monkeypox information

Cases of mpox virus have recently been identified in New York state, including Westchester County. Updated case totals can be found on the NY State Department of Health website.

  • Mpox 101 Webinar for General Public (CDC) on Wednesday, September 28, 2022 at 2:00 pm
    For registration and additional information.
    (This webinar will feature Neal Carnes, PhD, LGBTQ+ Equity Advisor for CDC’s Mpox Response, and Sapna B. Morris, MD, MBA, clinical consultations lead for CDC’s Monkeypox Clinical Task Force. Closed captioning and live ASL and Spanish interpretation will be available.)


What is mpox?

Mpox is a disease caused by the mpox virus. It can spread from animals to humans, as well as between people.

What are the symptoms of mpox?
Symptoms of mpox usually include a rash, fever, chills, swollen lymph nodes, intense headache, muscle aches, back pain and low energy. The rash usually begins within one to three days of the start of a fever. Lesions can be flat or slightly raised, filled with clear or yellowish fluid, and can then crust, dry up and fall off. Mpox rashes can resemble some sexually transmitted diseases, including herpes and syphilis.

How does mpox spread from person to person?
People with mpox are infectious while they have symptoms (normally for between two and four weeks). You can catch mpox through close physical contact with someone who has symptoms. The rash, bodily fluids (such as pus or blood from skin lesions) and scabs are particularly infectious. Clothing, bedding, towels and other shared objects like eating utensils/dishes that have been contaminated with the virus can also infect others. People who closely interact with someone who has mpox, such as health care workers, household members and sexual partners are at greater risk for infection.

Is mpox a sexually transmitted infection?
Although there is no evidence that mpox is sexually transmitted at this time, mpox cases to date in Westchester, New York State, the United States and internationally have been transmitted through sex. Anyone who has close physical contact with someone who is infectious is at risk. If you or a recent partner (from the last 21 days) have been exposed or have symptoms, you should see a healthcare provider (remind them mpox is circulating), cover your rash/sores, wear a mask, and avoid close contact with others.

What do mpox rashes or lesions look like?
monkeypox lesions  monkeypox lesions on face

 

 


How can I protect myself and others against mpox?

Avoid close contact (touching sores, kissing, sex) with anyone who has a rash or symptoms of mpox.

If you live with someone who has mpox, the infected person should isolate from others and and cover any skin lesion if they can. When you are physically close to them, they should wear a medical mask, and you should wear one also. Avoid skin-to-skin contact whenever possible and use disposable gloves if you have to have any direct contact with their rash. Also wear a mask and gloves when handling any of their clothes or bedding if the person cannot do it themselves. 

Regularly clean your hands with soap and water, especially after contact with the person who is infected, their clothes, bed sheets, towels and other personal items that they have touched. Wash the person’s clothes, towels and bedsheets and eating utensils with warm water and detergent.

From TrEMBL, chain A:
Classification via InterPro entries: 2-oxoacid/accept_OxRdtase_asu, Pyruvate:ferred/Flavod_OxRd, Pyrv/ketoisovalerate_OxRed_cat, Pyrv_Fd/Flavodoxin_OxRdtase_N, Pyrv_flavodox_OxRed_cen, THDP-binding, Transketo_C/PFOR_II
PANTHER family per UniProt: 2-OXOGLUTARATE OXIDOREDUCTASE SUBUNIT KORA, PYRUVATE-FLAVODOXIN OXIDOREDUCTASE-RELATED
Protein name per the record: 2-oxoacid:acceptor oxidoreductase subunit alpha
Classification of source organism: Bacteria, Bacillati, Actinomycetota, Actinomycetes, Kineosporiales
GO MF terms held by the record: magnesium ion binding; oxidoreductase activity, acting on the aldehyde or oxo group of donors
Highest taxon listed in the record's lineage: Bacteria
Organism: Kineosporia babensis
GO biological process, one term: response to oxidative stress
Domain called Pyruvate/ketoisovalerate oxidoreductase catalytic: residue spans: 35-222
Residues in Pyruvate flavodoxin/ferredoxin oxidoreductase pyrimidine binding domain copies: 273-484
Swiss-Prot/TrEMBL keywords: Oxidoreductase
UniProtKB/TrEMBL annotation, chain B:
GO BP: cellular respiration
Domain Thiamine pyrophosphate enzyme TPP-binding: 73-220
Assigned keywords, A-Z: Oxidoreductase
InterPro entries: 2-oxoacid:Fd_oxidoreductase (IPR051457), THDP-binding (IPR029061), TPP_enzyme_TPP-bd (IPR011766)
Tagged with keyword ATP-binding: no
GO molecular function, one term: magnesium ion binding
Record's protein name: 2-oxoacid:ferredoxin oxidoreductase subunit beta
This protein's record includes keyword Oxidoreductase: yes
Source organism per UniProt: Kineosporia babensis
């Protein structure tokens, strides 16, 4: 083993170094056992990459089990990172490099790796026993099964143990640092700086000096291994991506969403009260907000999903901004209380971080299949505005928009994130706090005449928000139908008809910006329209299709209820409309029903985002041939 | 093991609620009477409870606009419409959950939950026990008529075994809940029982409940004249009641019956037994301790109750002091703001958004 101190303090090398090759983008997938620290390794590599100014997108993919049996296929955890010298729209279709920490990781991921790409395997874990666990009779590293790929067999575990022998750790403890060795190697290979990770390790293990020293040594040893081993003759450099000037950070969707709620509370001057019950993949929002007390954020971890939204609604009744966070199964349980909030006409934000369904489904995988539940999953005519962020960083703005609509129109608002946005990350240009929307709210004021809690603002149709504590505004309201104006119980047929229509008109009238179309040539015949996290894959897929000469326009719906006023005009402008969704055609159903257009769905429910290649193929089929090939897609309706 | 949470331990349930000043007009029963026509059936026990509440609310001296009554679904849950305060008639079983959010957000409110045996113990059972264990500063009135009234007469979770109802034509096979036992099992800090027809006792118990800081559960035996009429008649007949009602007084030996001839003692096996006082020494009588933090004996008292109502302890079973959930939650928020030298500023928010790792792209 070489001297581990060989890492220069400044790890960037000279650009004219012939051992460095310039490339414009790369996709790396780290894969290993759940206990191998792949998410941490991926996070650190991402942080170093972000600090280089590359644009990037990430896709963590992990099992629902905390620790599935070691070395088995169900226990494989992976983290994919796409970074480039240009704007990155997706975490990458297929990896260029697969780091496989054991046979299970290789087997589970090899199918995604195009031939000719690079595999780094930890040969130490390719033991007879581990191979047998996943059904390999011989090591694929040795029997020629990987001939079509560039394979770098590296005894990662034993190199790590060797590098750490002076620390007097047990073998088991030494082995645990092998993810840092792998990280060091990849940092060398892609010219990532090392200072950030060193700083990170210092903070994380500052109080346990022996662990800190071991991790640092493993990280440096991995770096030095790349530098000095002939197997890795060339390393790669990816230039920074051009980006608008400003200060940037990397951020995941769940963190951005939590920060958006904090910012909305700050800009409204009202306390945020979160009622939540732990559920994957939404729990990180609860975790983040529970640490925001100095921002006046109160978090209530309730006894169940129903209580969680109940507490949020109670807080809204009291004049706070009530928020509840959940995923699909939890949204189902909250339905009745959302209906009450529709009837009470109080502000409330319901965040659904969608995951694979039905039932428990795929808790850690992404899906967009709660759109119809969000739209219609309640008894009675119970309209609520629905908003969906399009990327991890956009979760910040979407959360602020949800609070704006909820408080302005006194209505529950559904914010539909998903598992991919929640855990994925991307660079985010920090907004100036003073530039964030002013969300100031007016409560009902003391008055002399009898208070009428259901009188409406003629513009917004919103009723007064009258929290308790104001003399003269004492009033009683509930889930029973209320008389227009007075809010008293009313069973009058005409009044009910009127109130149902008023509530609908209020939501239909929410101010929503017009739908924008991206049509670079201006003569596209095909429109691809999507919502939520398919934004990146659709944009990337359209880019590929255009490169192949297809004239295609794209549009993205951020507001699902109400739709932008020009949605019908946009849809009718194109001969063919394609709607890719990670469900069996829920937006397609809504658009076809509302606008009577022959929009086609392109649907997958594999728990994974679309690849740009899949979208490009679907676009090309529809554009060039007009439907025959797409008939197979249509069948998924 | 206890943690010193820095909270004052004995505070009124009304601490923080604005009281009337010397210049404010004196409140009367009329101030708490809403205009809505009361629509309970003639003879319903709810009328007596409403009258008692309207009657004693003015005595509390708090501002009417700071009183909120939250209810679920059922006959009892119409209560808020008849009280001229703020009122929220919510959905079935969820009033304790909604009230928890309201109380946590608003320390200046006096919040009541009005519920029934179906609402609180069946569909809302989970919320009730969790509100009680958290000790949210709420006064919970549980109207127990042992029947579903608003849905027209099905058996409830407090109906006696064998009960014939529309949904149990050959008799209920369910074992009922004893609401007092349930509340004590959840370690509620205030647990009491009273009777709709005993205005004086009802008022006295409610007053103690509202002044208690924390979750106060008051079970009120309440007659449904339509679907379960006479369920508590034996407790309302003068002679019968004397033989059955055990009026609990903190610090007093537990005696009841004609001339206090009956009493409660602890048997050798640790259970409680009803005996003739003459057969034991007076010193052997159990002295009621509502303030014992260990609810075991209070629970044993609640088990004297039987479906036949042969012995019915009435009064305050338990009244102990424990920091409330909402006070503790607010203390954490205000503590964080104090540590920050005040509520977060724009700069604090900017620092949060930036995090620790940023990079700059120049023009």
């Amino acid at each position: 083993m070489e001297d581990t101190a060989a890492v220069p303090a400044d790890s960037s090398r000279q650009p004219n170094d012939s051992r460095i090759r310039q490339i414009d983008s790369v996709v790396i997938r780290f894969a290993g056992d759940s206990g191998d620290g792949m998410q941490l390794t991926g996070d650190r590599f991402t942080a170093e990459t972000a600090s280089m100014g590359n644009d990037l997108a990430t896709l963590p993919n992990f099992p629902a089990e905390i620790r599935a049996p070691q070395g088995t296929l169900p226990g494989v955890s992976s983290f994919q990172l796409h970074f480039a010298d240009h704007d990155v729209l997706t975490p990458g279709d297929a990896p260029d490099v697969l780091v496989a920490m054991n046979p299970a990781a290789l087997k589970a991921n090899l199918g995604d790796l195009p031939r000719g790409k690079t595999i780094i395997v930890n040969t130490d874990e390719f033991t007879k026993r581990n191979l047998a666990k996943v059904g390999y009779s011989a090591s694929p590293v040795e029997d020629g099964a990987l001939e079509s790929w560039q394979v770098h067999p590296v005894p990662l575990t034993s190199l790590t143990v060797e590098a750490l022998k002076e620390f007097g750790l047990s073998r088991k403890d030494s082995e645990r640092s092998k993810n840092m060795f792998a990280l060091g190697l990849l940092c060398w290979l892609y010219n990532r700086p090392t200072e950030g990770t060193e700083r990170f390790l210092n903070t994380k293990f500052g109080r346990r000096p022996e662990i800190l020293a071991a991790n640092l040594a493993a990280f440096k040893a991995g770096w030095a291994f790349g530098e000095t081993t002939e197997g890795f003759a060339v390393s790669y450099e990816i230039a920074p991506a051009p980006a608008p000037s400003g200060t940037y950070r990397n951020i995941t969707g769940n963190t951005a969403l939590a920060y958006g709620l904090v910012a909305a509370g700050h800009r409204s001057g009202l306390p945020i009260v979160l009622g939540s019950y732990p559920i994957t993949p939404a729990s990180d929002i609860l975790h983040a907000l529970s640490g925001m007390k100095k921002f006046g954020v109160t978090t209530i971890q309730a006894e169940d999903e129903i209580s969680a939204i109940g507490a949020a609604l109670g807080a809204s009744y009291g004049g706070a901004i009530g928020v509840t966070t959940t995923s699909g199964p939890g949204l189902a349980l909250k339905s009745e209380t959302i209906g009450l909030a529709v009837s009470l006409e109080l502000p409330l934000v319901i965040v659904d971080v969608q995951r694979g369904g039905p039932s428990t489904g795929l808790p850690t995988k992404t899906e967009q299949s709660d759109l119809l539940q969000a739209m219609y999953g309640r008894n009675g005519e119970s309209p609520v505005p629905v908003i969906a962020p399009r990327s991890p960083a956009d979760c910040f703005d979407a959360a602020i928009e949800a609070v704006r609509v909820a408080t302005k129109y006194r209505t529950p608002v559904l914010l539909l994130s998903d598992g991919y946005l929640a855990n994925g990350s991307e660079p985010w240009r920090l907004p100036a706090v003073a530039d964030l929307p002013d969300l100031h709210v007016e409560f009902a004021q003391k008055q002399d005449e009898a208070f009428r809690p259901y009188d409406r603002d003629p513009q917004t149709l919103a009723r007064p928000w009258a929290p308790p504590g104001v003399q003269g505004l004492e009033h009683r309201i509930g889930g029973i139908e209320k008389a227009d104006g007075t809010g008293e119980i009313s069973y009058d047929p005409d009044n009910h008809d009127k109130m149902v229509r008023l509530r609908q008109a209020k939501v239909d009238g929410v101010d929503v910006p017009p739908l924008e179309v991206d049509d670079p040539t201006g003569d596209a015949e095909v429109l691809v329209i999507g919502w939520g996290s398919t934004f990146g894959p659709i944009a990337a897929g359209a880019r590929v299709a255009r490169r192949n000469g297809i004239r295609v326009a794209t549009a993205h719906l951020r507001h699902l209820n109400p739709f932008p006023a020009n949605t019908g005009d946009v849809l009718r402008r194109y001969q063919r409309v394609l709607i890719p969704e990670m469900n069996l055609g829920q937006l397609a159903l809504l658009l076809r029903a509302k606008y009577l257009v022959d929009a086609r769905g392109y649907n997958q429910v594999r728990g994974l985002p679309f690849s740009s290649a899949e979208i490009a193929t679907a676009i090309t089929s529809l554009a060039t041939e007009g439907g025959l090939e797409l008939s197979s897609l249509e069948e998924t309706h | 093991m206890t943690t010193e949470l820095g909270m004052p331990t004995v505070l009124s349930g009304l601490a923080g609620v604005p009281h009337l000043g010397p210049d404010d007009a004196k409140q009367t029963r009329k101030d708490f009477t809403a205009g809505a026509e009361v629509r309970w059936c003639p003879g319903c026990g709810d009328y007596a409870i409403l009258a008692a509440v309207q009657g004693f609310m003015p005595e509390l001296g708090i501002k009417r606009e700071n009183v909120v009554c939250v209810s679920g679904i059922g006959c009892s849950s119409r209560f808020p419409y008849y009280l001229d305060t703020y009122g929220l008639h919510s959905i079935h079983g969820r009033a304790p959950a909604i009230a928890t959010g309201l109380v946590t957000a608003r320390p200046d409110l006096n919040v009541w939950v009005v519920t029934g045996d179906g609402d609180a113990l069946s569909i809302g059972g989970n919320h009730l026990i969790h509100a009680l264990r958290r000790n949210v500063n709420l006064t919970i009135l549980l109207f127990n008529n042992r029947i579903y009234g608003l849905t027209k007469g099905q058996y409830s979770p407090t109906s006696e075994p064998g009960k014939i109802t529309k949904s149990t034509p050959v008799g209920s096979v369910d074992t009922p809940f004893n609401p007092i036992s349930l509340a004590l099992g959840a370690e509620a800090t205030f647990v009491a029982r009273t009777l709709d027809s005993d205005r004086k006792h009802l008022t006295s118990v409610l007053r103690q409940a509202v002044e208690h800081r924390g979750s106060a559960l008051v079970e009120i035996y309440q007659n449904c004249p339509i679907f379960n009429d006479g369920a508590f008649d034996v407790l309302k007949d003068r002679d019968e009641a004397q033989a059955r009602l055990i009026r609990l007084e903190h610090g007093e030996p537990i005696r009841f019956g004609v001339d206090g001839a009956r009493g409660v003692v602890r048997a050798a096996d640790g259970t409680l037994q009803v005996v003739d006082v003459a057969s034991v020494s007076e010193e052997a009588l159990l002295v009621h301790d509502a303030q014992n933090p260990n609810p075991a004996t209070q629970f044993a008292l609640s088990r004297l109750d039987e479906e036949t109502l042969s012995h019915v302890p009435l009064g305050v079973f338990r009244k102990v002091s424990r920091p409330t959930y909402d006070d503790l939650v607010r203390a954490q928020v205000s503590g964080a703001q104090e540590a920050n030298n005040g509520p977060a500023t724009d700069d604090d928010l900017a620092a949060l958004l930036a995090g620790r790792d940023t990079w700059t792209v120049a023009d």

Is there a vaccine for mpox?
Yes, there is a vaccine for mpox. People at higher risk for mpox infection may consider vaccination with the two-dose JYNNEOS vaccine. In accordance with CDC guidance, this includes those who:

  • Had contact with someone who had a rash that looks like mpox or with someone who was diagnosed with confirmed or probable mpox
  • Had skin-to-skin contact with someone in a social network experiencing mpox activity; this includes men who have sex with men who meet partners through an online website, digital application (“app”), or social event such as at a bar or party  
  • Traveled outside the United States to a country with confirmed cases of mpox or where mpox activity has been ongoing
  • May be at risk of future exposure to infection with mpox, even though they are not at high risk of a recent exposure to mpox.

Use the Mpox Vaccine Locator Tool to find other sites offering the vaccine in your area.
Find out What to Expect After Your Mpox Vaccine.

Are there treatments available for mpox?
Antiviral medications exist to treat mpox, which may be appropriate for some people. Prescription medicated mouthwashes and topical gels can also provide pain relief and keep rashes and lesions clean.Talk to your healthcare provider about prescription medications, as well as the use of over-the-counter oral antihistamines and topical agents. 

What should I do if I think I may have mpox? 
At this time, the risk to the general population is low. However, the following groups should be extra vigilant and reach out to their health care provider if they develop symptoms of mpox:

  • People who have traveled to central or west African countries, parts of Europe where mpox cases have been reported, or other areas with confirmed cases of mpox during the month before their symptoms began,
  • People who have had contact with a person with confirmed or suspected mpox, or
  • Men who regularly have close or intimate contact with other men, including men who meet partners through online websites, digital applications (“apps”), or at bars or parties.

Mpox General Resources:

Mpox School Resources:

Mpox Downloadable Materials: